Thursday, January 13, 2011

blue moon

Statements by Pita Sharples at the opening of an international conference on international development in Whakatane yesterday state the importance of the indigenous worldview. The speech is linked on TV3 and well worth a read. Within the speech are outlines of the maori party positions and also a good overview of many aspects such as the foreshore and seabed act, the colonisation process and the role of the maori party as Pita sees it.

From TV3 - quotes from the speech linked on TV3
We are not the Crown’s Treaty partner. As a parliamentary political party, we are part of the kawanatanga – the Crown side of the Treaty. All MPs swear an oath of allegiance to the Crown.

So it is not our role to be settling the foreshore and seabed issue. We are not a customary owner, and the Maori Party should not be making decisions for the owners. Tangata whenua must make their own decisions based on their own circumstances, and negotiate their own settlements with the Crown.
Yes the maori party are advocates for tangata whenua but they must reflect the views of the people not try to get the people to reflect their political solutions.

Pita also talks about the role of indigenous peoples
We have a responsibility and a duty to promote our culture of “sharing” community rights, and community ownership. It is important that all indigenous nations must accordingly rise up, and promote those communal sharing and caring values.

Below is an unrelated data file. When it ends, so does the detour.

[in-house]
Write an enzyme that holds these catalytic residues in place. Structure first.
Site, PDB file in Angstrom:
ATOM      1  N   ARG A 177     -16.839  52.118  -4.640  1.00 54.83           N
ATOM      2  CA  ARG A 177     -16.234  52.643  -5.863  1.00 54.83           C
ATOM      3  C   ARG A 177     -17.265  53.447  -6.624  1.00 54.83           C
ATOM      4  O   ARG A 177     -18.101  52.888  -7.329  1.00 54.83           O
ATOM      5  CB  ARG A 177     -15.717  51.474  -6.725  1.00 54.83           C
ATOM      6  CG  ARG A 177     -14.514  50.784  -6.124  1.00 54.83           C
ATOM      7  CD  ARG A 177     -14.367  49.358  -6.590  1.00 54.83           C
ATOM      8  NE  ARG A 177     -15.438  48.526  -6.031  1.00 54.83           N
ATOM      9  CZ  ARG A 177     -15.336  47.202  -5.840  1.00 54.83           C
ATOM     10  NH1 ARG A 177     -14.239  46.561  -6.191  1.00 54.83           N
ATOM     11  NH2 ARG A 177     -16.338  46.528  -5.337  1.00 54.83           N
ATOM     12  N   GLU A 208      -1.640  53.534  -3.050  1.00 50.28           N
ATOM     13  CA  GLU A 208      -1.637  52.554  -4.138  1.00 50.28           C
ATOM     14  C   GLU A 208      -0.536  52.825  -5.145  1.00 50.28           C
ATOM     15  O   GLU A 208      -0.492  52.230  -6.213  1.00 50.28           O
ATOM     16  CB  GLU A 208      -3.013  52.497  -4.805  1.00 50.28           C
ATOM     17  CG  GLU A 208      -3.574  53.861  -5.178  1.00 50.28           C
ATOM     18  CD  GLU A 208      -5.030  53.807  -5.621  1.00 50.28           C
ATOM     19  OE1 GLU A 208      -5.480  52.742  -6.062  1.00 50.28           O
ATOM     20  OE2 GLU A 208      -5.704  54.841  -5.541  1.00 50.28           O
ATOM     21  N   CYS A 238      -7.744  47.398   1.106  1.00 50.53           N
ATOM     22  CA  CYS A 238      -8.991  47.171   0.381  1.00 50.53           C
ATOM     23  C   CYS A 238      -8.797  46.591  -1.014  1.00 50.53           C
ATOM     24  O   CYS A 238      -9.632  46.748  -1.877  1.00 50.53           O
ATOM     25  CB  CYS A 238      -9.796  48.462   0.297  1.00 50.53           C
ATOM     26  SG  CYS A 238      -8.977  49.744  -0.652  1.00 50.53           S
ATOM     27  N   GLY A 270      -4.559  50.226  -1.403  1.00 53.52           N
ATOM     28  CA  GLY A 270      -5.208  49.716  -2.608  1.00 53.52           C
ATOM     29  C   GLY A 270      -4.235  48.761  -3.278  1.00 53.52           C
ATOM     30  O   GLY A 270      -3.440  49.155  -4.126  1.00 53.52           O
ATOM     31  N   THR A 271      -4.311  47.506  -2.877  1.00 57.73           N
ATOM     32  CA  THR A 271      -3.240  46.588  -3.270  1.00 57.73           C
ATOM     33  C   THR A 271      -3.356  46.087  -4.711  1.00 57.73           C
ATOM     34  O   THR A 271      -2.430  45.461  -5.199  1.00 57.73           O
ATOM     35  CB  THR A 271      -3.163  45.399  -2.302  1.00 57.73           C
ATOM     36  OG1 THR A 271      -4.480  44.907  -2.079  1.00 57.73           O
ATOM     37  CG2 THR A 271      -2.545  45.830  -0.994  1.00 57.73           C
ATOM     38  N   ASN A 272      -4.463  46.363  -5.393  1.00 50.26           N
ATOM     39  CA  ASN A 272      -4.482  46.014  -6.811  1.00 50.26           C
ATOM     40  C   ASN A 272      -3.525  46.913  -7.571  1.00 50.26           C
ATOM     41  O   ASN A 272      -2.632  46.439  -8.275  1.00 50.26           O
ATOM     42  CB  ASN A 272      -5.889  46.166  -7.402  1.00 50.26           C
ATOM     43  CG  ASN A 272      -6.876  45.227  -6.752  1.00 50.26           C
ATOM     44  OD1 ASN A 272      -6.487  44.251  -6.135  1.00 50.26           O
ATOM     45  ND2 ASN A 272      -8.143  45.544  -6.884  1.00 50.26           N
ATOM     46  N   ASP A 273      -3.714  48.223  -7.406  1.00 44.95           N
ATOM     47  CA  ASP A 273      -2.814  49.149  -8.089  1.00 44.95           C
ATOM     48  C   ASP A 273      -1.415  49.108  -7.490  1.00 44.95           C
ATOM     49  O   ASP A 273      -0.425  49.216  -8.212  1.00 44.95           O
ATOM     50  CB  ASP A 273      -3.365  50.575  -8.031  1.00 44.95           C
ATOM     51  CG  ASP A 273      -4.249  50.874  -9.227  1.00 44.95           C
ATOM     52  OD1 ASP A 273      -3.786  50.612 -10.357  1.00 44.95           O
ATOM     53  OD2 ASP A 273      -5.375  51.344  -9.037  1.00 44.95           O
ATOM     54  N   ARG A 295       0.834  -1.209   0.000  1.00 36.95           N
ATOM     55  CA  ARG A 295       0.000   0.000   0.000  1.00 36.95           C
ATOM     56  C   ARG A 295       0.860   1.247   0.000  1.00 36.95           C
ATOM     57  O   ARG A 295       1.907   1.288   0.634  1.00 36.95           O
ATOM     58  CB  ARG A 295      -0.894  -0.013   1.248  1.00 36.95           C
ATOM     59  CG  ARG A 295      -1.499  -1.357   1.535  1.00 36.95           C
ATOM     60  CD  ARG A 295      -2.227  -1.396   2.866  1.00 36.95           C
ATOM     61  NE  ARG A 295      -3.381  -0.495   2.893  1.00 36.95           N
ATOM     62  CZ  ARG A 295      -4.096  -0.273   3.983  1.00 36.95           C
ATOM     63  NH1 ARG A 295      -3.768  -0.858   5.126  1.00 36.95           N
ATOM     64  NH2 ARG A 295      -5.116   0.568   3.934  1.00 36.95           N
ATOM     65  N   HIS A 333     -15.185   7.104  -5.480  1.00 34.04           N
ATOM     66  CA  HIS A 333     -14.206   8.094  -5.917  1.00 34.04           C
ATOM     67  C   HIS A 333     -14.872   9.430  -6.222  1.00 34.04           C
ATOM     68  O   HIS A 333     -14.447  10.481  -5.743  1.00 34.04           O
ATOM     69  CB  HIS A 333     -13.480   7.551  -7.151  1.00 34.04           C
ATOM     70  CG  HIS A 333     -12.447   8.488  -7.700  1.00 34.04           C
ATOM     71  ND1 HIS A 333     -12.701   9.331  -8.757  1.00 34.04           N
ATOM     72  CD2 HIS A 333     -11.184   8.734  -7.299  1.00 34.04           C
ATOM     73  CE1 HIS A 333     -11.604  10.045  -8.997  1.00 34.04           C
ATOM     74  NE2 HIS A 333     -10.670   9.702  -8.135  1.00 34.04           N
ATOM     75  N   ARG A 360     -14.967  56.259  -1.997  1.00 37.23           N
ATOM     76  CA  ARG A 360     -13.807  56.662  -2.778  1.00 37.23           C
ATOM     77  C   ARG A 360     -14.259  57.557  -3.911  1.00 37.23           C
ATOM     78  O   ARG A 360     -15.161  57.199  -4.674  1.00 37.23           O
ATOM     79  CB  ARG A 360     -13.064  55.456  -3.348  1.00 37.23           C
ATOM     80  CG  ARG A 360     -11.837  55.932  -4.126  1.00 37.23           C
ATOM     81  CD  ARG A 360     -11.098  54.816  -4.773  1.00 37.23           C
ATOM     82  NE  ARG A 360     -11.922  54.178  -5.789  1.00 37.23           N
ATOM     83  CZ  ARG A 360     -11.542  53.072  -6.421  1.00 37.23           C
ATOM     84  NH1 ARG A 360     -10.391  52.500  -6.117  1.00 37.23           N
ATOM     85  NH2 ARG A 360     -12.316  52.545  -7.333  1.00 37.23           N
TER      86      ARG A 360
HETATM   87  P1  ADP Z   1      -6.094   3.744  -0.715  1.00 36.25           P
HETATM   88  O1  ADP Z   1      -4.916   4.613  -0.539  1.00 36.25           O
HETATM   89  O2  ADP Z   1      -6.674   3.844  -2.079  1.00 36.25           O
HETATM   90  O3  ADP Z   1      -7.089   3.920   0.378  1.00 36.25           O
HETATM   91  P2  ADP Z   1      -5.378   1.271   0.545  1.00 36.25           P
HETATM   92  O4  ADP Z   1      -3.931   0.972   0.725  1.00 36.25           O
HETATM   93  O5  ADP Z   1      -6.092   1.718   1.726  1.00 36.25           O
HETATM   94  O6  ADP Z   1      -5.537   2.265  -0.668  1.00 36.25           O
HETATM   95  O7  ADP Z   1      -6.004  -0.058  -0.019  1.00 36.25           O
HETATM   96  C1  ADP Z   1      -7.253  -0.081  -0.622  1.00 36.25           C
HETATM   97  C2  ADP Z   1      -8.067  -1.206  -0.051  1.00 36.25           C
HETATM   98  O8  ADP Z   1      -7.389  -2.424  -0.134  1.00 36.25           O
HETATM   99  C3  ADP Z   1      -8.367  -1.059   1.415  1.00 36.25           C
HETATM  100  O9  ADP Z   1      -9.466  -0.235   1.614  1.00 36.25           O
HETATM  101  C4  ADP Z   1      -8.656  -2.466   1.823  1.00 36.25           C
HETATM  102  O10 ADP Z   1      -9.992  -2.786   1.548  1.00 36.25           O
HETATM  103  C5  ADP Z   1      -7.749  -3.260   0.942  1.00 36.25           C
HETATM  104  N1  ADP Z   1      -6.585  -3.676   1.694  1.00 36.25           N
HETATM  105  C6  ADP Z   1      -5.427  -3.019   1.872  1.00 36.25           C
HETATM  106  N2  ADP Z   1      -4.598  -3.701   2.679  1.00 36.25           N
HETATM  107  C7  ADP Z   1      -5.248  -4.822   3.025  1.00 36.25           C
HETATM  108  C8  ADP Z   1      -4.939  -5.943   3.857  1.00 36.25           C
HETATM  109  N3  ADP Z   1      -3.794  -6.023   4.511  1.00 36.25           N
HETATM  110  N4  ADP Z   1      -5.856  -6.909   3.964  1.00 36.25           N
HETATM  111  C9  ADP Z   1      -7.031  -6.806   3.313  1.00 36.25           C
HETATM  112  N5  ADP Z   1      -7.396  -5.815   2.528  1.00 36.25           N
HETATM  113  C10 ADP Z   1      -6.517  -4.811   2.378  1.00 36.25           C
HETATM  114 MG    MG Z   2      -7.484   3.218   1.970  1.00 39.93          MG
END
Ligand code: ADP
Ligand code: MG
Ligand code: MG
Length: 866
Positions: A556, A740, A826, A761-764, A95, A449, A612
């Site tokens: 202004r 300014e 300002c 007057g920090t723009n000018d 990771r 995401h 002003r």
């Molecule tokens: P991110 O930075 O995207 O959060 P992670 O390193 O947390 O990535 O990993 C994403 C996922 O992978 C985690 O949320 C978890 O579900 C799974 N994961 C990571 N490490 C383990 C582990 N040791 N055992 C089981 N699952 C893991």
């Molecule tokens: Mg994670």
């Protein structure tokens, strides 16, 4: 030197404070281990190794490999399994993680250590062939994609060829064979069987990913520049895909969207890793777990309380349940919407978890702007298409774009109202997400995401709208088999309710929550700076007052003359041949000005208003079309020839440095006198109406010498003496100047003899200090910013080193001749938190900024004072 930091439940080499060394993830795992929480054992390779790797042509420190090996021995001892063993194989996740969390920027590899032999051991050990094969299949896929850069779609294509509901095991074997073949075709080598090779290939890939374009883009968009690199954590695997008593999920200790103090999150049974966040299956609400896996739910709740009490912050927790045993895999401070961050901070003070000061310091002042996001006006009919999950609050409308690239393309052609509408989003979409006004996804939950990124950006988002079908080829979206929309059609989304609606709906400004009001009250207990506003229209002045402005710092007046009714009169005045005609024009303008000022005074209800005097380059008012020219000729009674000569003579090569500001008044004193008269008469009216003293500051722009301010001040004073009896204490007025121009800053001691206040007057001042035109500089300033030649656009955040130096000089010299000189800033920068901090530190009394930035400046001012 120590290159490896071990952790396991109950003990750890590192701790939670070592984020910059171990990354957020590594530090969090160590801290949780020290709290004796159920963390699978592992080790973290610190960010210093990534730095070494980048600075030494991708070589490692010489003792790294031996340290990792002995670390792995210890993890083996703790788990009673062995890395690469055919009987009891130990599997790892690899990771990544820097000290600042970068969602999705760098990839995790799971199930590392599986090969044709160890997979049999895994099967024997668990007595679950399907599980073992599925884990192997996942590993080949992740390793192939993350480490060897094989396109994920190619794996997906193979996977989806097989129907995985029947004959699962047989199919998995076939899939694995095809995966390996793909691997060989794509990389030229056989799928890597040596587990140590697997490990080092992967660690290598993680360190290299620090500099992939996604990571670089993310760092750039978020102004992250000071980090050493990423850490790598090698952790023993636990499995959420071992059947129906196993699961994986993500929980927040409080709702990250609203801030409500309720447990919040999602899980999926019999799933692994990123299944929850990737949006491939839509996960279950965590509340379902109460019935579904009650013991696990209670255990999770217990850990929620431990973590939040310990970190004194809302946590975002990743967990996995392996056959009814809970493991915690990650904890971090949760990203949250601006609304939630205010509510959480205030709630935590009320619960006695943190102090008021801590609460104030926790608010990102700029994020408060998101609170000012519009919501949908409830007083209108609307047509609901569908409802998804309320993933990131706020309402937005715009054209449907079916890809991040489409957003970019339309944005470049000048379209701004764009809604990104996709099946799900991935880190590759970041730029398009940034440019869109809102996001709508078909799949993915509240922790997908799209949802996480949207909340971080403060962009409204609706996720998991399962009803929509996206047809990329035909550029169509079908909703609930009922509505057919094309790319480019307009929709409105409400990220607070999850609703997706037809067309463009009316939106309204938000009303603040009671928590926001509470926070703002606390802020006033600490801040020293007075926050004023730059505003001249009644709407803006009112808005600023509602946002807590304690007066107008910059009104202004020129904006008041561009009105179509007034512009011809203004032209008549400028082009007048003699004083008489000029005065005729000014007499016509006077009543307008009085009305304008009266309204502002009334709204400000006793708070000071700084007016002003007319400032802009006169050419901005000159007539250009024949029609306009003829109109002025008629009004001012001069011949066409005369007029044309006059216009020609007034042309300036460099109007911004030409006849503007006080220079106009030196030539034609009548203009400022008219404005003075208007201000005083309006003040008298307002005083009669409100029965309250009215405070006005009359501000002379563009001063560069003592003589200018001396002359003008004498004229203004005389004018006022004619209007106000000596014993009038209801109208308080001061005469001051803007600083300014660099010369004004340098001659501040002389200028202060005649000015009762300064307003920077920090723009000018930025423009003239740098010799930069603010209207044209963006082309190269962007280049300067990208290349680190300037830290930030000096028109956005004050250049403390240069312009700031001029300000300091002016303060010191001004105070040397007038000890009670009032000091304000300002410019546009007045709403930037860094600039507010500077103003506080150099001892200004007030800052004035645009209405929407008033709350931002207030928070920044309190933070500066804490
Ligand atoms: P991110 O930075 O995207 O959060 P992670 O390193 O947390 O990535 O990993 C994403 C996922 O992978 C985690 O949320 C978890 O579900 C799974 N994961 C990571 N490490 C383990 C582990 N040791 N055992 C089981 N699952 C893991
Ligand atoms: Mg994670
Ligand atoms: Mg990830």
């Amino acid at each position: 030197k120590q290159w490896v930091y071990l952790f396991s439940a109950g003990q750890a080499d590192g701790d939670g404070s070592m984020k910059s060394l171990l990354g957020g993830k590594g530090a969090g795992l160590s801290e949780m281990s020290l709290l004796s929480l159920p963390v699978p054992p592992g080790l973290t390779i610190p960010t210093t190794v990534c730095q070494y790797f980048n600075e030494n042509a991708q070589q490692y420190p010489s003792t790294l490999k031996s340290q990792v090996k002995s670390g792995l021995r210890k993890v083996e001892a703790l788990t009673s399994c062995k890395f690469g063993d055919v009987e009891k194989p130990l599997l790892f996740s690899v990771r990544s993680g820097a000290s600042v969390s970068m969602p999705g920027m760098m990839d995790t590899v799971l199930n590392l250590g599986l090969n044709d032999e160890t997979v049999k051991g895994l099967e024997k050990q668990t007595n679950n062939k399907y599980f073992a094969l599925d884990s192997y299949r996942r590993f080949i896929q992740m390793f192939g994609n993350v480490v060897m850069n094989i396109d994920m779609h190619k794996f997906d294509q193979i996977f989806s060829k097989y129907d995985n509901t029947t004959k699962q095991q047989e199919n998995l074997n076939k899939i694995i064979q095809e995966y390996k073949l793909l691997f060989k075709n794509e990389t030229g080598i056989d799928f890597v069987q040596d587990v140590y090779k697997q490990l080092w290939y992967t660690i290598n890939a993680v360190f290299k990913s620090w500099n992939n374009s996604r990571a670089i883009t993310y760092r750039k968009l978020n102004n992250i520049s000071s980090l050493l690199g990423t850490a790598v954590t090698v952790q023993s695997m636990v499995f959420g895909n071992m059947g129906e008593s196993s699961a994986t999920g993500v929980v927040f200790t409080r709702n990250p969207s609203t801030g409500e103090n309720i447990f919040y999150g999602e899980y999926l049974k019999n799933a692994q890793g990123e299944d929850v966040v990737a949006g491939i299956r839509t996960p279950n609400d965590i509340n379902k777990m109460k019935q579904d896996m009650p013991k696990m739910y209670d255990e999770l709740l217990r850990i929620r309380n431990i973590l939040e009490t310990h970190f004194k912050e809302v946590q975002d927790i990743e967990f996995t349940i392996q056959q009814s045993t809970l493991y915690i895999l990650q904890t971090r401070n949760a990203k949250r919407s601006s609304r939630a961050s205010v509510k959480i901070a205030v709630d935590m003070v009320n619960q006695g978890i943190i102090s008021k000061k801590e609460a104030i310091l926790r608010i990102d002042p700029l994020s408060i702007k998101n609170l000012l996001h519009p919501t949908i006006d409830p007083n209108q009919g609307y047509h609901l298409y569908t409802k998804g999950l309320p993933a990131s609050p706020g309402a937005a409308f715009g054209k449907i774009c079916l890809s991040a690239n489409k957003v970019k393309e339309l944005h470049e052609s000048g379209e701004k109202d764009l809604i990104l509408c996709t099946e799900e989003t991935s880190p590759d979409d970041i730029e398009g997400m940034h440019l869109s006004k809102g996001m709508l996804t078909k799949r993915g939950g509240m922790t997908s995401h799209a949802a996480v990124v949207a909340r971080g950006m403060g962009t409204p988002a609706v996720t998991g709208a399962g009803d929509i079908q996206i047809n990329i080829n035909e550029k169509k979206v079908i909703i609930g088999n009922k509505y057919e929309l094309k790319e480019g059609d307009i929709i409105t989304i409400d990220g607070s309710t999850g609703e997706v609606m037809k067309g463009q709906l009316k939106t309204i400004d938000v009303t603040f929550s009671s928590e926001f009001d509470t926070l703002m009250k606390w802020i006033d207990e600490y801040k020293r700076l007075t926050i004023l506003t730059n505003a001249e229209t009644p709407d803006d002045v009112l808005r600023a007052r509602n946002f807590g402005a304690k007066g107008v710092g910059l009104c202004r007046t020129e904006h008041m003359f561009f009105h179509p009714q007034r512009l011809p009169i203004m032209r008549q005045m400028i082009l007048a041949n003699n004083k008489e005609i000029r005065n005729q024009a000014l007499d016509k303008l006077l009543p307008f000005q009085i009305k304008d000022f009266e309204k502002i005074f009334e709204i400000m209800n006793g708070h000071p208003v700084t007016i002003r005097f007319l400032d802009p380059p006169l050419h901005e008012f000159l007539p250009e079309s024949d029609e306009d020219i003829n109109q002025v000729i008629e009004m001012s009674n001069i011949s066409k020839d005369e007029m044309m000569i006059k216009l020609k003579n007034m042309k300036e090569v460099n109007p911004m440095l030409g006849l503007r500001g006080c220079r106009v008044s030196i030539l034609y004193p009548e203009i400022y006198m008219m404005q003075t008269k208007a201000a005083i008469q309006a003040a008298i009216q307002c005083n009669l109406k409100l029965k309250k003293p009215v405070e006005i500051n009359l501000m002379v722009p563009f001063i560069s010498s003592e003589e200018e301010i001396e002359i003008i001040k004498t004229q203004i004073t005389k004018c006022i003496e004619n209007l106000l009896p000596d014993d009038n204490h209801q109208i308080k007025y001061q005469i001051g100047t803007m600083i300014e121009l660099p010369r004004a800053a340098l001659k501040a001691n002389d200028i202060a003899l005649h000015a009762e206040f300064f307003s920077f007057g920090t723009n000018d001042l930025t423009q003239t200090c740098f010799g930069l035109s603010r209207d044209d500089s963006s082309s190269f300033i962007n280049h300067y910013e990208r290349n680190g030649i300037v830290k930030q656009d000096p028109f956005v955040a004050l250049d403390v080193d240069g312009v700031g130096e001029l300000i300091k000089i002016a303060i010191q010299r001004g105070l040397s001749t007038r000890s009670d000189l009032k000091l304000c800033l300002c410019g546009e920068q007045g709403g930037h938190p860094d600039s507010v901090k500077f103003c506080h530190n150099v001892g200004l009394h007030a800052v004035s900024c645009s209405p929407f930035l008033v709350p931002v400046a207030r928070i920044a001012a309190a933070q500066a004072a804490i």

Indigenous cultures mean communal support and sharing – not user pays, not individual free enterprise, but enterprise that feeds back to all members of the community, of the society, of the nation, of the world.
We indigenous people of the world must survive and promote our sharing values within all nations. We have responsibility to do so – we can save the world from its own self destructive consumption, non sustainable, individualistic pursuits.
Well I can't argue with that but i do wonder if the compromises made by the maori party and the negative effect of those on maori nullifies the fancy words somewhat. "a prominent expert" in Maori culture and history Senior lecturer in Maori Studies at the Auckland University of Technology, Dr Paul Moon takes a swipe at Pita's speech
But a prominent expert in Maori culture and history says this is "outdated, 1970s-style thinking", lacking in specifics.
"To imply indigenous people across the world have a shared view of things is perhaps outdated," he says.
"When you start talking about indigenous world views, you're presuming indigenous people have one way of thinking, that there's no pluralism."
Thanks for that mr prominent expert - we now know what we already know - that maori have different views and different indigenous cultures have diferent views - quick hold the front page!!!

Moon didn't say if he considered that indigenous viewpoints could offer hope to the world - maybe he has a speech coming up where he can get a bit more facetime on TV.

1 comment:

Ana said...

I cant take anything the associate minister of corrections says seriously when 30-40% of our Maori youth are unemployed. More empty useless rhetoric from the Maori Party.